August 18, 2014

Is Traveling Running Away?


When I first started traveling the world, some people, my family in particular, were unnerved. They thought I was running away.

Of course, many people do run away. They run from fears, from difficult situations, from memories, or from their own tenderness and beauty. Some do this by drinking, some by arguing, some simply by using language that is rough or critical, some by using humor.

And sure, there may be some people who run away by traveling, but the majority of people I met on my travels were not running away—they were running “towards.”

They were running towards themselves, towards looking, towards being vulnerable. They were testing their own strength, breathing into their edges, talking about their fears, and learning to trust. They were accepting themselves, accepting the world as it is, accepting their freedom, accepting their gifts.

The people I met on my travels were open to learning and integrating new perspectives. They discovered the lightness of great freedom along with the great weight of what is sacred and important in the long-term: longer than that one journey, longer than their adult lives, or even longer than one lifetime. They talked to strangers, they took risks, they found appreciation for their authenticity, and they strove to live accordingly.

They lived well, even without the “stuff” they worked so hard to secure. Sometimes they simply left it all behind for a moment, to experiment with being lighter in weight, to remind themselves that a backpack is really just about enough. Sometimes they just put all aside for some time, leaving someone else in charge of the house and car, leaving someone else to live on top of the basement full of things they might some day want to look at, the hobbies they might want to renew, and the things they were passed by those who came before—and that they intended to pass into the basements of the next generation.

They left the job that took up half their waking hours, or maybe just took a short break so they could remember that a lot can happen inside your heart between the hours of nine and five. They left behind the things that they once believed made them abundant, and in exchange tried on the feeling of abundance of freedom, spontaneity, creativity and self-connection.

While traveling, I felt like a part of a bigger planet, a longer history, a greater story—a story that made some sense, somehow. I felt this world as a giant playground full of friends. More aspects of my soul were reflected in a greater diversity of experiences. I could feel new feelings and taste a wider range of subtleties through the gifts of new faces, new towns, villages, forests, rivers…every vista having its own unique aroma of eternal existence.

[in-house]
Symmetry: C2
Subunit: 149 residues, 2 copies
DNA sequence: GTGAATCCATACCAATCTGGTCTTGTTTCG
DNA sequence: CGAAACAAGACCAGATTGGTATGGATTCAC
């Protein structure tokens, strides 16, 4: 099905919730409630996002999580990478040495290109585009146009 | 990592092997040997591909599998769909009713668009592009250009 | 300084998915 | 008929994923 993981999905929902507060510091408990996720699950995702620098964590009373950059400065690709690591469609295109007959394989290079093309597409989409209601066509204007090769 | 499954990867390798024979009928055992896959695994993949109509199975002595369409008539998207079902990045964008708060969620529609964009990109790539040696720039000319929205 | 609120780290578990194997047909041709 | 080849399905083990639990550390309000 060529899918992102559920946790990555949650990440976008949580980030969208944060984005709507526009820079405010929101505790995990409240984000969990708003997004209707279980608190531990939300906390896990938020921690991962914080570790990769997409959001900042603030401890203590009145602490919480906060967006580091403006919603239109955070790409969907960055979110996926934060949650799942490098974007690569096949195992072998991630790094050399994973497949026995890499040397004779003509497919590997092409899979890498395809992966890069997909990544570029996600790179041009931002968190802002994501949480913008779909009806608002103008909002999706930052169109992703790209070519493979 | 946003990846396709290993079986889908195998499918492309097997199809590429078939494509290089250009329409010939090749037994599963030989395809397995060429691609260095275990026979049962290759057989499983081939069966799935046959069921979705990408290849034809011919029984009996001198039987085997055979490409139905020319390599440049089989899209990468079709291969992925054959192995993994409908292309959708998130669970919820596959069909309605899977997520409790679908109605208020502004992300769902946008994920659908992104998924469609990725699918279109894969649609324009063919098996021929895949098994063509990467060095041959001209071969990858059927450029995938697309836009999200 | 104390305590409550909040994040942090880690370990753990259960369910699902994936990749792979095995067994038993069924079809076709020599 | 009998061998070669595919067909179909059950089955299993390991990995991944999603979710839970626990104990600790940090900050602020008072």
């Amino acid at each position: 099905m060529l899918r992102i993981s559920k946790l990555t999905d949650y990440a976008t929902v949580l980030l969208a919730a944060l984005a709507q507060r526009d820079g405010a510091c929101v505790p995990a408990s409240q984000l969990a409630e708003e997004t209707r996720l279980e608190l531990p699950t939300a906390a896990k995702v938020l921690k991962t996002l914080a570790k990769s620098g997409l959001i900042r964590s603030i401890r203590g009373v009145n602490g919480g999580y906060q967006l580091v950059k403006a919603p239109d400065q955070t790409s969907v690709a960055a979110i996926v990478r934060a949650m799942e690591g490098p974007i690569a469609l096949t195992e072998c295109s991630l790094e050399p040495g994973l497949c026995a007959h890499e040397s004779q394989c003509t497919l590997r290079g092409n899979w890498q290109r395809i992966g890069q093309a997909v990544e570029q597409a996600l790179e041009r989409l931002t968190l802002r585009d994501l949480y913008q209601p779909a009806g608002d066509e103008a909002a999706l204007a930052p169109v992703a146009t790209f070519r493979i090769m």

So was I running away? In fact, I was. I was running from the realization I saw many people around me having the realization that a great deal of time had somehow passed. I didn’t want to find myself on a fast and predictable track towards wondering where the time went. I was running from stagnancy, from a life of avoided questions, from a life of not knowing who I was, or why I was breathing. I was running from the emptiness of purpose that I was surrounded by, and into a world alive with synchronicity and relationship to something divine and magnificent all around. And I wasn’t running with urgency. I was running with excitement.

Any action can be done from an open heart, or a closed heart, can be done with the intention to serve and free, or to restrict and bind. Anything can unite or to separate. In this regard, traveling is no different than any other action. My aim is to inspire traveling to its highest purpose—to free, to open, to uplift, and to unite. I believe that traveling can be engaged with as a path to self-growth and nurturing of one’s true gifts, a path to run towards life, and towards one’s authentic self.



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Editor: Travis May

Photo: Wiki Commons


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